Results

Twelve index cases (nine SDHB, one SDHC and two SDHD) and 35 mutation-positive relatives were monitored for a mean of 6.4 years (range 3.1–10.0 years). Mean age at the end of the study: SDHB 46.9 ± 17.6 years; SDHC 42.3 ± 24.4 years; SDHD 54.9 ± 10.6 years. On excluding imaging at initial diagnosis of index cases, 42 patients underwent 116 rapid-sequence MRI scans: 83 scans were negative and 31 scans were positive for sPGL/HNPGL in 13 patients. Most patients had multiple scans (n = number of patients (number of rapid-sequence MRI scans during screening)): n = 9 (2), n = 20 (3), n = 6 (4), n = 1 (6). Nine patients (three index) were diagnosed with new paragangliomas during surveillance and non-operated tumour size was monitored in nine patients. There were two false-positive scans (1.6%). Scans were repeated every 27 ± 9 months.

Conclusions

Biannual rapid-sequence non-contrast MRI is effective to monitor patients with SDHx mutations for detection of new tumours and monitoring of known tumours.

Introduction

Germ-line mutations of the subunits of the mitochon­drial complex II enzyme succinate dehydrogenase (SDHA, SDHB, SDHC, SDHD and SDHAF2), SDHx, are associated with familial paraganglioma (PGL) of the sympathetic chain (sPGL), the parasympathetic chain of the head and neck (HNPGL), and adrenal phaeochromocytoma (1, 2, 3, 4). In general, most phaeochromocytomas secrete catecholamines, whereas sPGLs may be functional or non-secretory, and HNPGLs are usually biochemically silent (5).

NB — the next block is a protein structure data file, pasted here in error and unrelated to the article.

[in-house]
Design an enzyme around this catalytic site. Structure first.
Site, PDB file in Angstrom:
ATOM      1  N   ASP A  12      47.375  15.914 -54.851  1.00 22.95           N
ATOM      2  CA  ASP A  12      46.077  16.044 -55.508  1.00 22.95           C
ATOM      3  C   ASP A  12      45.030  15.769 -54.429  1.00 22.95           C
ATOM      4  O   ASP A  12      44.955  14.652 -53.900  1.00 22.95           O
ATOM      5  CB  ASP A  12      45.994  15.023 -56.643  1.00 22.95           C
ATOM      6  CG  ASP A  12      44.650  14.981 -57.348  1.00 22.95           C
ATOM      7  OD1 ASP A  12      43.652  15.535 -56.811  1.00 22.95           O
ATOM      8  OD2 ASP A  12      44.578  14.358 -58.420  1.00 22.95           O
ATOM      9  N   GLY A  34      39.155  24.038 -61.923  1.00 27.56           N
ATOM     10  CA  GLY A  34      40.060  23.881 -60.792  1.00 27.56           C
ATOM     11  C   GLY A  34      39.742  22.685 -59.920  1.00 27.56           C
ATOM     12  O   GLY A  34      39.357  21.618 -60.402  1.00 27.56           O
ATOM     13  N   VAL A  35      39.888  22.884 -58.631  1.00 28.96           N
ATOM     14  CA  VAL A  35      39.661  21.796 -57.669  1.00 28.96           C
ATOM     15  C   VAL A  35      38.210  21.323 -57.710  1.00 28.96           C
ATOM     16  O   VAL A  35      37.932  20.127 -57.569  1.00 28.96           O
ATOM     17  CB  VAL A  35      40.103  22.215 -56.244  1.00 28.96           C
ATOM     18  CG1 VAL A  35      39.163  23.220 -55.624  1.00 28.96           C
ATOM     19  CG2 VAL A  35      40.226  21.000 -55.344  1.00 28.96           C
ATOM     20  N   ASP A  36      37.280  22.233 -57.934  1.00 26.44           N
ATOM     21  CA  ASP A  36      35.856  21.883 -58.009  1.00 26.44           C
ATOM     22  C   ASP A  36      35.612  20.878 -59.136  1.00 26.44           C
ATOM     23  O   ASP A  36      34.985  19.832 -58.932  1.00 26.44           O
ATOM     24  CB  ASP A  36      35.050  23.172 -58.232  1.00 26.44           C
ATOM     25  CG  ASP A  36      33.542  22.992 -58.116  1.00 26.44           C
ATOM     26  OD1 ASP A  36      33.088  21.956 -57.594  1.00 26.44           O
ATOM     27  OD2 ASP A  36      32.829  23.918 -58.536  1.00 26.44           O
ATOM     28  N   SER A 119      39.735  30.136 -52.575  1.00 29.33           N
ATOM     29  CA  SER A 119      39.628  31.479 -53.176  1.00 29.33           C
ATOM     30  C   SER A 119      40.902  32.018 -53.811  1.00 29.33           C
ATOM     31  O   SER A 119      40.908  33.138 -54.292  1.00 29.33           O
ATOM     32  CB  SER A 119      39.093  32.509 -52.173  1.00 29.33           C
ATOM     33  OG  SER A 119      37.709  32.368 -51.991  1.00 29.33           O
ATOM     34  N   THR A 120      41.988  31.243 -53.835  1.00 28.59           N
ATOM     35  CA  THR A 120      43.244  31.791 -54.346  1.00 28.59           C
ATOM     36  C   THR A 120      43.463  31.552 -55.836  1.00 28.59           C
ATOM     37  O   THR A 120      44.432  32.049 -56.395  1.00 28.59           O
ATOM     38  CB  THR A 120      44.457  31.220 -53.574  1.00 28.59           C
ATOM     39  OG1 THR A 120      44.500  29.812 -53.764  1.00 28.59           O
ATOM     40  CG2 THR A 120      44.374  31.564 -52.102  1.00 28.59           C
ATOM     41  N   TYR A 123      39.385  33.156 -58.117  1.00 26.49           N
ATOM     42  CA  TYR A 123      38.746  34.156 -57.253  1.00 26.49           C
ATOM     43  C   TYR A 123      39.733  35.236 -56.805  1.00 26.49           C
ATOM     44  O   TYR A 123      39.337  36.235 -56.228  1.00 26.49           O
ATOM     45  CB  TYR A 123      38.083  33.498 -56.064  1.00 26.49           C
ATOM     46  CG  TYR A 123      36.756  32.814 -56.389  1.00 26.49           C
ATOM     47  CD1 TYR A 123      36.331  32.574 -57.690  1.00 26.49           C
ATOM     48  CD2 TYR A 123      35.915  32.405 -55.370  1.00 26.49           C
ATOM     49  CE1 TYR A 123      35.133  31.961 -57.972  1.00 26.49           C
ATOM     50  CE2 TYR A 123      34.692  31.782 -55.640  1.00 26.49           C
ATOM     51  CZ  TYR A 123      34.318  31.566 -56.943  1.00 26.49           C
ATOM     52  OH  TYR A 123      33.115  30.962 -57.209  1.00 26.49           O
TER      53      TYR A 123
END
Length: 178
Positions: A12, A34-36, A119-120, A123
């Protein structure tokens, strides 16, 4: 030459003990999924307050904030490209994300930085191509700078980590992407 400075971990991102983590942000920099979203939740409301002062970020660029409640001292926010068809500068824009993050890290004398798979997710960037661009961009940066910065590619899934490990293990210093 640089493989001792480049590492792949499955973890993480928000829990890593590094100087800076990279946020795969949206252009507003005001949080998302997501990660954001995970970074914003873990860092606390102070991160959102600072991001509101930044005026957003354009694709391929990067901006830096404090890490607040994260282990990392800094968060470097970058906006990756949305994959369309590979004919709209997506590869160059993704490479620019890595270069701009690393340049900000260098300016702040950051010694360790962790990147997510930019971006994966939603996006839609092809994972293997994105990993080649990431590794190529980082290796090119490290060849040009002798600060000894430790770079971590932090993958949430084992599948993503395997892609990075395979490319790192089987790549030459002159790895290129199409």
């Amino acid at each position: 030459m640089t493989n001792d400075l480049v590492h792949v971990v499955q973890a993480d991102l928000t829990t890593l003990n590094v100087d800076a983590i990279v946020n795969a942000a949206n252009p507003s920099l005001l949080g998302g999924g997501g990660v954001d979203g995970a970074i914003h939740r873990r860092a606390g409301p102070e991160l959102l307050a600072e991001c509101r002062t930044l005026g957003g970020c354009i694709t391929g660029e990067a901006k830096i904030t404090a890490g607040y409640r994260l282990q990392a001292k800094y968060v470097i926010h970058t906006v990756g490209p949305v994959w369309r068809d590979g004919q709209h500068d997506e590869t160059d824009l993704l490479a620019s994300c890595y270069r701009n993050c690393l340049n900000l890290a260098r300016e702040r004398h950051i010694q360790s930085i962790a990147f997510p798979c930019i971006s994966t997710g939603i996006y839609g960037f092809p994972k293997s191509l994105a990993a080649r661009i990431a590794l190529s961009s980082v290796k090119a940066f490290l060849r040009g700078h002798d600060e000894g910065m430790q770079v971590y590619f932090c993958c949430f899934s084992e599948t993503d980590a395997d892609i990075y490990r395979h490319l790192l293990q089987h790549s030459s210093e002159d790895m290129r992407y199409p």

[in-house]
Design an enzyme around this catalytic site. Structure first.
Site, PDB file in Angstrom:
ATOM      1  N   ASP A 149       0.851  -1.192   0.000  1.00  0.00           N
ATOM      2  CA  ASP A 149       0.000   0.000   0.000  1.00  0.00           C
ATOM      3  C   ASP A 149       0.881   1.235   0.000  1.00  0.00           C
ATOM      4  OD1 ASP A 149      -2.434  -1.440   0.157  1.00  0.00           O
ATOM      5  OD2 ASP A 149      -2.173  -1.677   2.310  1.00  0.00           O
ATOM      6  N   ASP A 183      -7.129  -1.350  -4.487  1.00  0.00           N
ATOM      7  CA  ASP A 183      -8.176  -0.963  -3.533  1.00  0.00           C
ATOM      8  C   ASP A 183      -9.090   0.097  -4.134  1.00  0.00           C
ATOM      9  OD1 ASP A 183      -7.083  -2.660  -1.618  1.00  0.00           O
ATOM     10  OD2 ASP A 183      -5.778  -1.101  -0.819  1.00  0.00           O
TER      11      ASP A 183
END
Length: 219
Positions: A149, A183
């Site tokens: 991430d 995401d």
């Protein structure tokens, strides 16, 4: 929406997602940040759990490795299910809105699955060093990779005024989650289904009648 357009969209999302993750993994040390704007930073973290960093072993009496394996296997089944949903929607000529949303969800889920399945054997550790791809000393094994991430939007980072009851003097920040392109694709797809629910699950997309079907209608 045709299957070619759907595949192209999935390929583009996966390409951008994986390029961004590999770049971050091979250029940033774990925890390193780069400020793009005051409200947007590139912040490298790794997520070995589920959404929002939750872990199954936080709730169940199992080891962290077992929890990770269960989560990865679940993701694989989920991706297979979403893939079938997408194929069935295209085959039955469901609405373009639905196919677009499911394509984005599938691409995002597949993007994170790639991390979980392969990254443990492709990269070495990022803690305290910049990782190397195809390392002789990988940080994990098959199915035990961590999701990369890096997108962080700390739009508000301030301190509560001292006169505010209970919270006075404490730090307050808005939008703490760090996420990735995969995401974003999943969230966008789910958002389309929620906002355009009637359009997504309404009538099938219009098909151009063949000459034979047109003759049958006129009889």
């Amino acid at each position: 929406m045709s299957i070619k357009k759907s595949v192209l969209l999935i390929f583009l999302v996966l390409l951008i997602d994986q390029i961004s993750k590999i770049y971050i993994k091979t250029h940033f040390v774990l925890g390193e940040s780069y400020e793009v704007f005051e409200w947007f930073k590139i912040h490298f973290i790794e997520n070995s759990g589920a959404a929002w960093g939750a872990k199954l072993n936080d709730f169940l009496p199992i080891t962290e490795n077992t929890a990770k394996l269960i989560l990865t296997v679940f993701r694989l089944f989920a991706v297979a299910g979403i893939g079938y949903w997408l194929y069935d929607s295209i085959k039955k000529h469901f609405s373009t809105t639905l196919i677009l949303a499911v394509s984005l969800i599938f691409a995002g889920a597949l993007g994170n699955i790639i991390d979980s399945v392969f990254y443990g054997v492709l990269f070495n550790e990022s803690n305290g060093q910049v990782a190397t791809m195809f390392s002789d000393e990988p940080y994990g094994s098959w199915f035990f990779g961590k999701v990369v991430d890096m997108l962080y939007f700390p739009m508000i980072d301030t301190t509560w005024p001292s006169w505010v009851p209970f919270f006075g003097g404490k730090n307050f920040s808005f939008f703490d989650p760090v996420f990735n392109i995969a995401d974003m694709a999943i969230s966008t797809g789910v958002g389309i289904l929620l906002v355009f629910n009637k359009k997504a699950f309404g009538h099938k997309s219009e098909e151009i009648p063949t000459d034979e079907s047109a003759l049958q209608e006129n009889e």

SDHx are tumour suppressor genes characterized by loss of heterozygosity in tumour cells due to somatic mutations or loss of expression of the wild-type allele (6, 7). The underlying mechanism of tumorigenesis in SDHx mutations is still unclear, but non-hypoxic HIF-1alpha and HIF-2alpha activation is a key feature in pathogenesis (‘pseudohypoxia’ hypothesis) (8). In SDHx-related tumorigenesis, there is loss of SDH enzymatic activity and intracellular accumulation of succinate leading to inhibition of prolyl-hydroxylases that usually degrade HIF-1alpha (9, 10, 11). HIF-1alpha is then able to translocate to the nucleus and activate gene expression promoting angiogenesis, cell survival and glycolysis (10). The role of oxygen-sensing pathways in SDHx tumorigenesis is also supported by observations linking living at high altitude and an increase in disease prevalence and phenotypic severity (12, 13).